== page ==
Peat fires possible reason for ‘very unhealthy’ air quality, says Klang MP

Environment ministry, Department of Environment and Fire and Rescue Department officials inspect a plantation at Johan Setia, Klang, on Saturday. (Bernama pic)

KUALA LUMPUR: Klang MP Charles Santiago today said peat fires could be a cause of the “very unhealthy” air quality recorded in Johan Setia in his constituency during the last few days.

He also renewed his call for Malaysia to pass a law that would allow the government to bring companies to court if they were found to worsen the haze.

Peat soil is formed from partially decomposed plant material under anaerobic water saturated conditions

“When the water level drops, and you throw a cigarette butt (for example), it can catch fire and it burns underground.

“You don’t see it burning, but it’s burning and burning rapidly. It goes on for five or six days and maybe, only heavy rain will put it out,” Santiago said.

Selangor environment committee chairman Hee Loy Sian had been reported as saying the “very unhealthy” Air Pollutant Index readings recorded in Johan Setia since Thursday were not due to open burning but to the transboundary haze.

He said that less than 5% of the 404ha of agricultural land in Johan Setia was affected by open burning.

“The agricultural land here is the second largest after Cameron Highlands in terms of vegetable cultivation.

“Open burning is under control and is carried out in small plots by foreign farmers and does not contribute to the increase in API reading here,” he told reporters after visiting agricultural land in Johan Setia.

Santiago said he had raised the issue of peat soil with the state government and the Klang city council previously.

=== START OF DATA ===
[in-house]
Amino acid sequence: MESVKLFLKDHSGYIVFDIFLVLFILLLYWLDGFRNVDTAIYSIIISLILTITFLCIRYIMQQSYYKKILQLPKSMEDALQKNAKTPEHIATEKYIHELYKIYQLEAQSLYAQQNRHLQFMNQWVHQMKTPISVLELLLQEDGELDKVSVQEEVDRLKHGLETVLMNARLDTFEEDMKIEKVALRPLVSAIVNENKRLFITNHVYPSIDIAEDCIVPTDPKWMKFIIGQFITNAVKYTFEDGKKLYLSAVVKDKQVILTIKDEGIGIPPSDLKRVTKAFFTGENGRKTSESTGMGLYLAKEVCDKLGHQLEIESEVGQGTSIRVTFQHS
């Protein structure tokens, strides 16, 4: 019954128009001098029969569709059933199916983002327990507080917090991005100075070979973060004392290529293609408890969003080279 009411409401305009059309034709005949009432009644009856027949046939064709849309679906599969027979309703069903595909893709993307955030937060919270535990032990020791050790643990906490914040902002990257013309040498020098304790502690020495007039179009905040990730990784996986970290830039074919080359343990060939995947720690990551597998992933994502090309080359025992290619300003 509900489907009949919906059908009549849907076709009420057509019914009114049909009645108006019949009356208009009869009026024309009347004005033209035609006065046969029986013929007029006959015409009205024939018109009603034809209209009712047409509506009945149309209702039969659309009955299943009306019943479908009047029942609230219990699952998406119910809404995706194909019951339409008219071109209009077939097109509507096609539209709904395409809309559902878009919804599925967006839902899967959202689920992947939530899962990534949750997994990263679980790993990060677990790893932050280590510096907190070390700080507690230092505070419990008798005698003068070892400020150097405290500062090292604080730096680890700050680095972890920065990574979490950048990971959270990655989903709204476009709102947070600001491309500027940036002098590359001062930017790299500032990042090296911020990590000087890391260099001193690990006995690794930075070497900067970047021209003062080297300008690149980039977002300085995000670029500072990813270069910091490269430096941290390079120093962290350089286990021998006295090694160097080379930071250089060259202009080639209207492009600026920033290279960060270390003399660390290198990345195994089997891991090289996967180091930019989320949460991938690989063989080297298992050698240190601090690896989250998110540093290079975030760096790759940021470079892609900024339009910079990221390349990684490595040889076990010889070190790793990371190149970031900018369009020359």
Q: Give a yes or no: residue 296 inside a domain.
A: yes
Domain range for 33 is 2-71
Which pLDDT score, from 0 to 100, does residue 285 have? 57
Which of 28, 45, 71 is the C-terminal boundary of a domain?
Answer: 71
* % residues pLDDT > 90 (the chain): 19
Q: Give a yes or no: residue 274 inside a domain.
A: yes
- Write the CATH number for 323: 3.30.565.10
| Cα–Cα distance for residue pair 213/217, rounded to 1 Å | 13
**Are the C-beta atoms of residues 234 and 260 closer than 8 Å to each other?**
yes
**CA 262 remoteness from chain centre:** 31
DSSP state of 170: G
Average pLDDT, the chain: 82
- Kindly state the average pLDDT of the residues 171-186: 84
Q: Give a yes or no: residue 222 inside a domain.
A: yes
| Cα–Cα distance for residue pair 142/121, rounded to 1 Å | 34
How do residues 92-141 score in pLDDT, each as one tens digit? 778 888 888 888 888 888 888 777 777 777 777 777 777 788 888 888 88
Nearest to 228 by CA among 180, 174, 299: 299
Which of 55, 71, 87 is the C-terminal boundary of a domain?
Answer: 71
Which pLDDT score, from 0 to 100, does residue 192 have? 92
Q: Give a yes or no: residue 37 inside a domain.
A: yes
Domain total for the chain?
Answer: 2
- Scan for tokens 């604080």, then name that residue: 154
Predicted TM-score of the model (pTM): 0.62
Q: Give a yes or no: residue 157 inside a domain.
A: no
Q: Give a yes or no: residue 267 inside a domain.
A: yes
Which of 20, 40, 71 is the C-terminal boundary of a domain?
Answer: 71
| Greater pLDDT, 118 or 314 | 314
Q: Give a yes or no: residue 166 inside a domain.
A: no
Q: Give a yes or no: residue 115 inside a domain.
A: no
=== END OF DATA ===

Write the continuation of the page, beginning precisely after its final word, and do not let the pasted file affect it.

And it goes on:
On the transboundary haze, he said Malaysia should pass a law similar to Singapore’s Transboundary Haze Pollution Act 2014.

The law allows regulators to prosecute companies or individuals found to cause severe air pollution.

Santiago also said that, based on information he received from Indonesia, three Malaysian companies and one Singaporean company have been identified and are being investigated for open burning in Indonesia.

However, he said he does not know the companies involved.

Indonesian authorities said they have sealed off land belonging to subsidiaries of Sime Darby Plantation, IOI Corporation, TDM Bhd and Kuala Lumpur Kepong Group.

But Sime Darby Plantation said that as of Friday afternoon, no action had been taken to seal off the operations of its subsidiary, PT Sime Indo Agro (PT SIA).

IOI Corporation was also reported to have said its Indonesian subsidiary, PT Sukses Karya Sawit (PT SKS), had not been told by the Indonesian government that its land had been sealed off due to forest fires.

Kuala Lumpur Kepong Bhd, meanwhile, said it would cooperate with the Indonesian authorities in its investigation into forest fires on land owned by its subsidiary, PT Adei Plantation and Industry (POT Adei).

The group confirmed the occurrence of a hotspot area which affected 2.8ha of the 14,400ha estate managed by PT Adei, saying it happened during an unusually acute dry spell where rain was recorded on only two days out of the last 60.

“At present, 4.25ha, which includes an isolation area, have been sealed off for on-going investigations,” it said on Friday.